How creative writing will tell story of these unsettling times for years to come - Ian McMillan

When I saw that they were banning mass gatherings as part of the response to the coronavirus I tweeted a line: I said that my gigs would be OK, implying that not many people came to poetry readings.

Will people's experiences during the coronavirus pandemic prompt creative work telling the tale of what happened in years to come? Photo: Gareth Fuller/PA Wire

As I pressed “send”, I realised that future PhD students might use my tweet as evidence to prove that, in the face of everything the world hurls at us, the human response is to make art. I know you could argue that a tweet isn’t art, but I often try to make mine into artistic things, even though I very rarely succeed.

The tweet about the virus was also an example of that other human instinct, to make a joke out of something really serious, and you can see why we do it: we’re anxious and worried but we want to lighten the situation so that somewhere the end of the tunnel is illuminated.

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So as I write this column we’re at the start of a national and international crisis that could last for months and the writing part of me is really interested to see what kind of writing will come out of this when we eventually emerge blinking and relieved into whatever New Normal awaits us.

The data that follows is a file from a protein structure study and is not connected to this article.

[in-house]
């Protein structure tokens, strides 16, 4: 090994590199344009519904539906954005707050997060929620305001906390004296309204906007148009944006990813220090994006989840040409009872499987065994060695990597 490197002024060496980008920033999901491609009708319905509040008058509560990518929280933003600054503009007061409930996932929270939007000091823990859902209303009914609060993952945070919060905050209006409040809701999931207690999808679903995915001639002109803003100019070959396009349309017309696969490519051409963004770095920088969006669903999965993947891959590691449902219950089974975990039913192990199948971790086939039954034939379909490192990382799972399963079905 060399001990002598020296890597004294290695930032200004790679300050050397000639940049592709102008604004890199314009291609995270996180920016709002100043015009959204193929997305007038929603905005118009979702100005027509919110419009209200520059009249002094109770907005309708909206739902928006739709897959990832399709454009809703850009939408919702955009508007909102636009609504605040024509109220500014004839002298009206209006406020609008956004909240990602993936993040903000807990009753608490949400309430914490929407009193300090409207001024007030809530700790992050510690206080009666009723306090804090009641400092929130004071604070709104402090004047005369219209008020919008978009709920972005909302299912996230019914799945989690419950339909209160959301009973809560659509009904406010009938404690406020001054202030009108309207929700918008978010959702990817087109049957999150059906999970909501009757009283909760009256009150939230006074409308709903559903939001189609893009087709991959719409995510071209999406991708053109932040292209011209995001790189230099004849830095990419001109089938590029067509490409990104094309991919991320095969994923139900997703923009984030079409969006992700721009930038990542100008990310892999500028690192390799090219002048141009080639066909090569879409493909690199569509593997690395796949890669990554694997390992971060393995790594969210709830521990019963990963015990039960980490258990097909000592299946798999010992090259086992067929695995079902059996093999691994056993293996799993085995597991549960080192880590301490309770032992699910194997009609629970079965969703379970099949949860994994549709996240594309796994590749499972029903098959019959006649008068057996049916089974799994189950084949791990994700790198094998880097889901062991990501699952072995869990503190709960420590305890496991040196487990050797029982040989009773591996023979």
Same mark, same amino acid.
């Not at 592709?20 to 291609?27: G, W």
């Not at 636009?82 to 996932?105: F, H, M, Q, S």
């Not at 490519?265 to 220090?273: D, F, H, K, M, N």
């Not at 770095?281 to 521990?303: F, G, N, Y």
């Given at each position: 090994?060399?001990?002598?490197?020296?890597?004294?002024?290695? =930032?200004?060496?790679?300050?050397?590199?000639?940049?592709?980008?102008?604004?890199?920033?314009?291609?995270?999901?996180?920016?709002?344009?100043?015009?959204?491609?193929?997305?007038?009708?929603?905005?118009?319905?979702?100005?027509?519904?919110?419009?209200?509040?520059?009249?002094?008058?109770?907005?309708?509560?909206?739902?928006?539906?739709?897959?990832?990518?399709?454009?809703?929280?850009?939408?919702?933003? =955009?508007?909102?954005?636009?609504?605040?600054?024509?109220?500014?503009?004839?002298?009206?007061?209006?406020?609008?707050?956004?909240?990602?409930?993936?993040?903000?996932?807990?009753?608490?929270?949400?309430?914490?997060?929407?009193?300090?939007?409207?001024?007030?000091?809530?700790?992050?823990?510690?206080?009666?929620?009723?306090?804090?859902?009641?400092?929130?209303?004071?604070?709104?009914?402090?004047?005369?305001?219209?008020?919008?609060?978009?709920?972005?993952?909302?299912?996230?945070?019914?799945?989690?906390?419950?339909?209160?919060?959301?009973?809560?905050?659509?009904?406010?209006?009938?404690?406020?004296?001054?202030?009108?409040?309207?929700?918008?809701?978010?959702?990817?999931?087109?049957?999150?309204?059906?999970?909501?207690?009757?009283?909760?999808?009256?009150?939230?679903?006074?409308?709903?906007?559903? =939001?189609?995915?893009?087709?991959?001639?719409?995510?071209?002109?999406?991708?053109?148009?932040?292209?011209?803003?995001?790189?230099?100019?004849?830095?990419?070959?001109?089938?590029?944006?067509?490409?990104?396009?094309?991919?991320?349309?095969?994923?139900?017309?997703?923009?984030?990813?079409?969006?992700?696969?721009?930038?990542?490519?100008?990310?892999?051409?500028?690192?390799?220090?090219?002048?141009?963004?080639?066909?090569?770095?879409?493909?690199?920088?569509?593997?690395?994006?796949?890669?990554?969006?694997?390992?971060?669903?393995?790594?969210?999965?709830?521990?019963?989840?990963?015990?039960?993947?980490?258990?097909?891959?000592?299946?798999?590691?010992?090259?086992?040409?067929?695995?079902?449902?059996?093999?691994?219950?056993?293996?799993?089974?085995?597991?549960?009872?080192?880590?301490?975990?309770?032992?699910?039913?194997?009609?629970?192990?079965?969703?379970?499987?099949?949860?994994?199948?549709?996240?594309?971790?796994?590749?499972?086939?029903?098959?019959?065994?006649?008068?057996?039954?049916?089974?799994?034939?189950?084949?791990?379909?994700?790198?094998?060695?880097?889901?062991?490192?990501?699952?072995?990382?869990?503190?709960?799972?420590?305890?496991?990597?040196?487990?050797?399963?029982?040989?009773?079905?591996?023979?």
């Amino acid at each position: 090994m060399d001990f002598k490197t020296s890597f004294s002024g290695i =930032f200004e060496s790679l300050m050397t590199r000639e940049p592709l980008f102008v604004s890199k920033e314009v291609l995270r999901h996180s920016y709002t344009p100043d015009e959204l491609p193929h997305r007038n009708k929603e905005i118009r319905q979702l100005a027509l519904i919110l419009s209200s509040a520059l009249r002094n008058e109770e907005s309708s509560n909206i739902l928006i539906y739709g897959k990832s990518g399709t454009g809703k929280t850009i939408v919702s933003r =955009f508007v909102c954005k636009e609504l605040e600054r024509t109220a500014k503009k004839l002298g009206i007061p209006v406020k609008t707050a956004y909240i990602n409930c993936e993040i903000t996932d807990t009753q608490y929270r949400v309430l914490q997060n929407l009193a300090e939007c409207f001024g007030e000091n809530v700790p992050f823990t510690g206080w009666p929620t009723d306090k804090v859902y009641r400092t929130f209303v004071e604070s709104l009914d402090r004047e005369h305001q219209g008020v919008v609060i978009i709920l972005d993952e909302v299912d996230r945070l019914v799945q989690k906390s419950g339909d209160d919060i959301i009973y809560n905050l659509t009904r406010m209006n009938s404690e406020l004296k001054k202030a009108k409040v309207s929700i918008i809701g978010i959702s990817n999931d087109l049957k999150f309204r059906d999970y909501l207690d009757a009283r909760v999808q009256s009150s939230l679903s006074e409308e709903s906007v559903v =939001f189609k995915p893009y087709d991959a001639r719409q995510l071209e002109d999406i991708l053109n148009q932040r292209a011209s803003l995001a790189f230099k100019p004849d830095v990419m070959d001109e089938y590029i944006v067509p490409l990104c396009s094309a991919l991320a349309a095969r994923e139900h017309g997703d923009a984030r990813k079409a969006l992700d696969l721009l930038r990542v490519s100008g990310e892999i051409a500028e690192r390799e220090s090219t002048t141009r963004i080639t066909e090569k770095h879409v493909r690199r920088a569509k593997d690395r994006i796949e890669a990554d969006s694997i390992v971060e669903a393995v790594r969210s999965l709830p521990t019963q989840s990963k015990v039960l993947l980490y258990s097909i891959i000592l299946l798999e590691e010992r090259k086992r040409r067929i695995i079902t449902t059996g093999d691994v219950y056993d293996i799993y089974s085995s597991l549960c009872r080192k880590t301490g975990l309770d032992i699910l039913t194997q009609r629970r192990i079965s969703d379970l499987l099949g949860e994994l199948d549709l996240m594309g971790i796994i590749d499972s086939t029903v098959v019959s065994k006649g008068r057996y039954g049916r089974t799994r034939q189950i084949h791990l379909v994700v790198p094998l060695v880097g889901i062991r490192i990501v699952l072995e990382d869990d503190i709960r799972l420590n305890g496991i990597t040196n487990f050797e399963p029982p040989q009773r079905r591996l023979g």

Barnsley poet and broadcaster Ian McMillan.

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Further down the line, though, I wonder who will write the great coronavirus novel, or play, or collection of poems? I’m one of those readers who always looks to literature to bring me news and reactions to the news.

As Ezra Pound once said, “poetry is news that stays news” and I reckon that poetry and drama and fiction are marvellous ways of reminding us how we felt at a certain time in history and what our reactions were to the events that were swirling around us.

I understand the world of the past through creative writing; Hilary Mantel can bring Thomas Cromwell to life in her Wolf Hall trilogy in the same way that Barry Hines can animate my own town and the way it lives and breathes and talks in A Kestrel For a Knave.

Dickens brings me news of 19th century London and Shakespeare tells me how people were thinking and acting and, yes, reacting to history in the 16th century.

So my advice to any writers (or anybody, come to that) reading this is: keep a notebook. Write down your feelings. Take note of things you see and sentences and exchanges you overhear.

This will be the raw material for the art that will explain to future generations just what happened in that strange and unsettling spring and summer of 2020 when what seemed like science fiction became science fact, and washing your hands became the life-saver we always knew it was but daren’t say.